Weight loss significantly reduces sleep apnea

Kathleen Blanchard's picture
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New research shows that weight loss can significantly reduce the number of sleep apnea episodes experienced by individuals diagnosed with the disease. In the first study of its kind, researchers find that patients who lost weight were more than three times more likely to nearly eliminate sleep apnea episodes, compared to those who did not lose weight.

Sleep apnea is highest among overweight and obese individuals, and affects more than 12 million people in the U.S. The sleep AHEAD, looked at 264 obese patients with type 2 diabetes who were already enrolled in another trial called Look AHEAD. The Look AHEAD trial seeks to measure the effect on health of intensive lifestyle modifications in 5,145 obese, type 2 diabetics.

Gary Foster, director of the Center for Obesity Research and Education at Temple University says, "Existing research has been limited by a number of factors, so there are very few studies that show whether the recommended amount of weight loss – about 10 percent - is enough to sufficiently improve sleep apnea."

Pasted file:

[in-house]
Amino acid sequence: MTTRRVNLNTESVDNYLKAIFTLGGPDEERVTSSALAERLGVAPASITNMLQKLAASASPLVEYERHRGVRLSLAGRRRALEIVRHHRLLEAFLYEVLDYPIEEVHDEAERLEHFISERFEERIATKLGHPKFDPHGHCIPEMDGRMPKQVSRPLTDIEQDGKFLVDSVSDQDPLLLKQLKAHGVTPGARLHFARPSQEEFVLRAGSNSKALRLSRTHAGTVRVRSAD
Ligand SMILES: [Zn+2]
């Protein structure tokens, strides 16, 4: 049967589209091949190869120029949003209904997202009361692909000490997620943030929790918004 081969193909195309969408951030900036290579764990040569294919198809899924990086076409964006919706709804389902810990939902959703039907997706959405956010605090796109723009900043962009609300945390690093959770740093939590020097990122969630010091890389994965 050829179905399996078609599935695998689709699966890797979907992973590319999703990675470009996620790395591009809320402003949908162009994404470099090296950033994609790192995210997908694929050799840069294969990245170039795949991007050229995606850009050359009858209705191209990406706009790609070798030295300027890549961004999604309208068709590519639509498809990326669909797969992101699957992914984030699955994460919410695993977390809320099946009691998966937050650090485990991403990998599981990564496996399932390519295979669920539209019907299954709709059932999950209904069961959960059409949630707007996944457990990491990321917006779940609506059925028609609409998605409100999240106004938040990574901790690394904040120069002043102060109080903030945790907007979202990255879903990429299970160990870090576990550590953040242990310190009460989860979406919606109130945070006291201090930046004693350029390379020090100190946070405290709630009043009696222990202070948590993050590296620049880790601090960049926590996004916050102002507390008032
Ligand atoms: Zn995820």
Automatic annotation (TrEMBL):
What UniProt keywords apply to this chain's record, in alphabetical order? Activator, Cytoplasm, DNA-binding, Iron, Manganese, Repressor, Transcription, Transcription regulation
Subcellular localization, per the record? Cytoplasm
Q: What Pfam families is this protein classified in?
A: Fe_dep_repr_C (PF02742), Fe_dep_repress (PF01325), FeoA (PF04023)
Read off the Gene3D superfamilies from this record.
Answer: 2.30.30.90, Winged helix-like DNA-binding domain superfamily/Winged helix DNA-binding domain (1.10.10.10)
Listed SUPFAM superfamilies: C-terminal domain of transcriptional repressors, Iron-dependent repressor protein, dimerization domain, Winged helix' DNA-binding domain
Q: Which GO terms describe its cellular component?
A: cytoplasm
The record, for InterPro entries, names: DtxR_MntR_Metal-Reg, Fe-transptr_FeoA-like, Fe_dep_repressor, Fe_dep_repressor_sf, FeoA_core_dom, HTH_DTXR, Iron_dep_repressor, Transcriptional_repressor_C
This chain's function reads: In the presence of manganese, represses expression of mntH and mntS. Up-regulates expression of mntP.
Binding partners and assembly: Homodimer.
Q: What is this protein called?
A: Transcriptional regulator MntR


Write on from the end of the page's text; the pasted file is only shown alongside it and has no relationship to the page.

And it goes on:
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Two groups of 264 patients received either behavioral health counseling, portion-controlled diets, and a prescribed exercise regimen of 175 minutes per week, or three informational sessions that took place over a one year period that included social support and education about diabetes management through exercise and diet.

The first group lost an average of 24 pounds and 13.6 percent had completely eliminated sleep apnea. The second group, who only lost about one pound, experienced worsening sleep apnea.

The study showed that weight loss can reduce sleep apnea episodes, and even completely eliminate the problem. Sleep apnea is associated with a number of health risks. The findings also show that sleep apnea can rapidly become worse.

Arch Intern Med. 2009;169(17):1619-1626.

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